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Meringue Glossary

Meringue takes countless forms. Several of the most classic and common are explained below, along with advice on how to create them with ease.

Baked Alaska

This iconic dessert is composed of sponge cake topped with ice cream and blanketed in Italian meringue. Just before serving, the meringue is toasted with a torch or baked in the oven. The toastier the meringue gets on the outside, the gooier it becomes on the inside, resulting in a marshmallow-like consistency. The meringue insulates the ice cream, preventing it from melting too quickly. 

Baked Alaska can be made in any size. A special mold isn't required; a mixing bowl or teacup works just fine. Line the mold or dish with plastic wrap to ensure the ice cream slides out without a hitch. Because the dessert needs to be assembled and frozen ahead of time, it's perfect for entertaining.

An exceptionally smooth, silken frosting, buttercream is achieved by beating butter into fluffy Swiss meringue. Buttercream can be adapted to make an endless variety of flavors or colors and is ideal for piping fanciful designs. 

Be sure to keep the mixer on medium-high and beat until the butter is completely incorporated. The mixture may appear curdled along the way; this is normal. Just keep beating and the mixture will become smooth again. (Although it's best to use buttercream immediately, it can be covered with plastic and kept at room temperature for up to several hours, refrigerated in an airtight container for up to 3 days, or frozen for up to 1 month. Bring to room temperature before using, and beat with an electric mixer on the lowest speed until smooth.) 

This towering "cake" is constructed from layers of baked meringue piled high with fillings such as buttercream, whipped cream, or fruit. To form the "cake," French meringue is enhanced with ground nuts, piped into rounds, and then baked in a low-temperature oven. 

To create a circular shape for your dacquoise layers, use an inverted cake pan to trace circles onto a parchment-lined baking sheet, and then flip the parchment before piping the meringue into a spiral form. 

Floating Islands
When poached gently in milk, oval-shaped scoops of French meringue take on a creamy texture and sumptuous taste. They're often served in a pool of custard or other slightly sweetened sauce. 

Keep the milk just below a bare simmer -- it should give off steam but maintain a still surface. 

Lemon Meringue Pie
Light-as-air meringue complements thick, tart custard in this classic diner favorite. A basic French meringue is generally used, as it is simple to make. However, making a Swiss or Italian meringue tends to prevent the relatively common problems of weeping and beading. Using a sturdier meringue also ensures the resulting dessert is more stable and, consequently, able to be cut into neat, clean slices.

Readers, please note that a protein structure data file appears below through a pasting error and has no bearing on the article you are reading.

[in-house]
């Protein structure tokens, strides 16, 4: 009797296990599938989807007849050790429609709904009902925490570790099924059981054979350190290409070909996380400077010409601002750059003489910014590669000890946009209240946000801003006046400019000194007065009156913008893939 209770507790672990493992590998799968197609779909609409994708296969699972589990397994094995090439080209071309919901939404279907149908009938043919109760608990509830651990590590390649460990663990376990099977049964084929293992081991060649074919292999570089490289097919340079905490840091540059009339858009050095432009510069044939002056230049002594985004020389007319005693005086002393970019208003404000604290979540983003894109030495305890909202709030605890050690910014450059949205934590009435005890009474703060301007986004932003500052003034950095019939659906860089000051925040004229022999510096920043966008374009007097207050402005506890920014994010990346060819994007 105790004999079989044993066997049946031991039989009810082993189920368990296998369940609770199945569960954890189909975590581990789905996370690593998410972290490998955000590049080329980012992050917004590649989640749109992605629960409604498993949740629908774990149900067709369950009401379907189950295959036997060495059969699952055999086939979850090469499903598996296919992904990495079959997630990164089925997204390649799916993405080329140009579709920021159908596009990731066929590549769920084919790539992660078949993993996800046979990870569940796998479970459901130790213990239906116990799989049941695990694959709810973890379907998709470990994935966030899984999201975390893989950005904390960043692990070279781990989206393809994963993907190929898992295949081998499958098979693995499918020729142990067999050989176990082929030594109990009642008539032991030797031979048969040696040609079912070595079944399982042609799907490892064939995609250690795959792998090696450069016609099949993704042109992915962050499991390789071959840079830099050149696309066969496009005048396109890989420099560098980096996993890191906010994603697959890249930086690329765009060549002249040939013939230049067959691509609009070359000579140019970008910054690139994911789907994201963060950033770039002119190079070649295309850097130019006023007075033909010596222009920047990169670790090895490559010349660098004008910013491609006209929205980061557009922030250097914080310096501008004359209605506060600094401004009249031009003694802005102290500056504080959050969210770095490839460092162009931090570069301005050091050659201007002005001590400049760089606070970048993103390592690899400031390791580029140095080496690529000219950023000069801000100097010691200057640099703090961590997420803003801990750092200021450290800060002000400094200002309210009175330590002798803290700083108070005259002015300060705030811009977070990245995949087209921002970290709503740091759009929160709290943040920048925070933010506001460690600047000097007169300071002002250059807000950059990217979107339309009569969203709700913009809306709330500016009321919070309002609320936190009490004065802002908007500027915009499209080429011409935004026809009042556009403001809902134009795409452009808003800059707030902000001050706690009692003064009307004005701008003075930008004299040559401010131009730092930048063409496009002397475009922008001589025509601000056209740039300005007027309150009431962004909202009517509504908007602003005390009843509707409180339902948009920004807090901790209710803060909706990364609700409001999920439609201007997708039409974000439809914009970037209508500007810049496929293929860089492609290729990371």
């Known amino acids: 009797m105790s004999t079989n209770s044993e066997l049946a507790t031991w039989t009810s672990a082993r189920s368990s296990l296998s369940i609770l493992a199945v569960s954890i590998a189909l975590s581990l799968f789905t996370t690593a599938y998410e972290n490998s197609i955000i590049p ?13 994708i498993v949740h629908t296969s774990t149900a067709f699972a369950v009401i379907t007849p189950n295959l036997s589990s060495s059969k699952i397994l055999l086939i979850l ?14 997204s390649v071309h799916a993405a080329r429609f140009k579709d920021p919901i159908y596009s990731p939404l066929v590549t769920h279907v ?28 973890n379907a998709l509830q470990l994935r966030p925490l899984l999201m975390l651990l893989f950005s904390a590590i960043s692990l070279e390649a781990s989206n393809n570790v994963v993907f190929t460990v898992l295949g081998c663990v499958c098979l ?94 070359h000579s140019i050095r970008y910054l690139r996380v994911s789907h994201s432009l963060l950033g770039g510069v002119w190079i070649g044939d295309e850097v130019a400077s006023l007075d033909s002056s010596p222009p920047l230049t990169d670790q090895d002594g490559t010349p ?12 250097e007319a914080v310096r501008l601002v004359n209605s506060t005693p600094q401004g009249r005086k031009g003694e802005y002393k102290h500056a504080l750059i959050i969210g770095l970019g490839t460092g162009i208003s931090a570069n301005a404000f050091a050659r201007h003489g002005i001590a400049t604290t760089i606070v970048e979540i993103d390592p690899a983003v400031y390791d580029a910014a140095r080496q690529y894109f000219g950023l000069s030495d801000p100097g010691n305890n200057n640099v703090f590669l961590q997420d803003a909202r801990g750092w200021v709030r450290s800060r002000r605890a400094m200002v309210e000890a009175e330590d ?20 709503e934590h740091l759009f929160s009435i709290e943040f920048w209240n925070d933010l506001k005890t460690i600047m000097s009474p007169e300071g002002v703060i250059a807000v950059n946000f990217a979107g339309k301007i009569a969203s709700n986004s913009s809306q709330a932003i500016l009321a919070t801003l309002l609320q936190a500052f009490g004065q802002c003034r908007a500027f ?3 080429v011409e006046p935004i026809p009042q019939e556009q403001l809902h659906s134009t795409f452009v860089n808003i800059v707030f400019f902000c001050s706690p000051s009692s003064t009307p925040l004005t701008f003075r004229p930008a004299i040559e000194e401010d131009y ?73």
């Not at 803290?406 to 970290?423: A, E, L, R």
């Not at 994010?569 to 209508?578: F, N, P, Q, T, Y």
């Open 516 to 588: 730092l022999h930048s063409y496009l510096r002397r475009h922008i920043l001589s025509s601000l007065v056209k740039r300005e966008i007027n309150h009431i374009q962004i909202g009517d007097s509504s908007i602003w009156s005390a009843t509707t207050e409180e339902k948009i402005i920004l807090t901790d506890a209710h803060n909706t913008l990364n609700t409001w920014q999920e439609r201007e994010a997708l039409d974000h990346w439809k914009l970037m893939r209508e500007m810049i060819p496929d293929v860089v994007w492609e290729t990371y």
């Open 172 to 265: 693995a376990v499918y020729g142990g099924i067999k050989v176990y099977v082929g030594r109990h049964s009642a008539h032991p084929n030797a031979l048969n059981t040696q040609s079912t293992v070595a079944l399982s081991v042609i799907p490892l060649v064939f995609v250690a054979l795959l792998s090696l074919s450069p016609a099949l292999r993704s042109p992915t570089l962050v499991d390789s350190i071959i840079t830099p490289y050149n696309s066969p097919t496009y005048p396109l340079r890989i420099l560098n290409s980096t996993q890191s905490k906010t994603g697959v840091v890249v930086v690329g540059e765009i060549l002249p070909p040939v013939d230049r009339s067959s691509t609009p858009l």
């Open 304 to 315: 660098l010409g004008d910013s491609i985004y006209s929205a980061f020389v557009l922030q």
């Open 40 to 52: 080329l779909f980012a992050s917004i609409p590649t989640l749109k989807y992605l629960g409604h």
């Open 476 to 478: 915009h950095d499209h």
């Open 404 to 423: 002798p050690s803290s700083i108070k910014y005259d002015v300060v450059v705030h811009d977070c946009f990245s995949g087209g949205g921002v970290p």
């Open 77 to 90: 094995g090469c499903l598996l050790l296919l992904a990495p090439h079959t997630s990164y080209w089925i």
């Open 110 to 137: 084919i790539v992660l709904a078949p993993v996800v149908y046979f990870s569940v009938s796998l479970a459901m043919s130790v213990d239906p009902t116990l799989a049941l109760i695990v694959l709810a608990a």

These delicate little desserts are made by folding ground almonds into airy French meringue, piping it into small cookies, baking them, and then sandwiching pairs with creamy ganache, silken buttercream, or jam. Making elegantly shaped macaroons takes a little practice, but the less-than-perfect ones can still be baked and nibbled. 

Macaroon batter requires more vigorous mixing than most French meringues, and the result should be slightly thicker than the French version, noticeably shiny, and able to flow like magma. If the piped macaroons appear flat, the mixture was probably overbeaten. To create a smooth surface, pipe each meringue cookie as you would a rosette, bringing the pastry tip to the side of the circle, rather than forming a peak. After filling a baking sheet, tap it on the counter to release any air bubbles. To ensure a shiny surface, let the piped cookies form a thin shell by resting them at room temperature for at least 15 minutes before baking. 

Sure to impress party guests, this rustic, elegant dessert consists of a pillow of baked Swiss meringue that's crisp on the outside, chewy inside, and typically topped with whipped cream and fruit. 

Any type of fat, including cocoa powder, will deflate a meringue. The trade-off for a slightly less towering dessert is its wonderfully moist, chewy texture and rich chocolate flavor. To minimize the loss of loft, use a fine-mesh sieve to sift the cocoa into the meringue. This ensures the particles are as small as possible and readily absorbed. Using a rubber spatula, fold the cocoa in very gently. Then smooth the mixture into a circle using broad strokes to minimize deflating while creating a crater in the center for the filling. (To create a circular shape for your pavlova, use an inverted cake pan to trace circles onto a parchment-lined baking sheet, and flip the parchment before spreading the meringue.)

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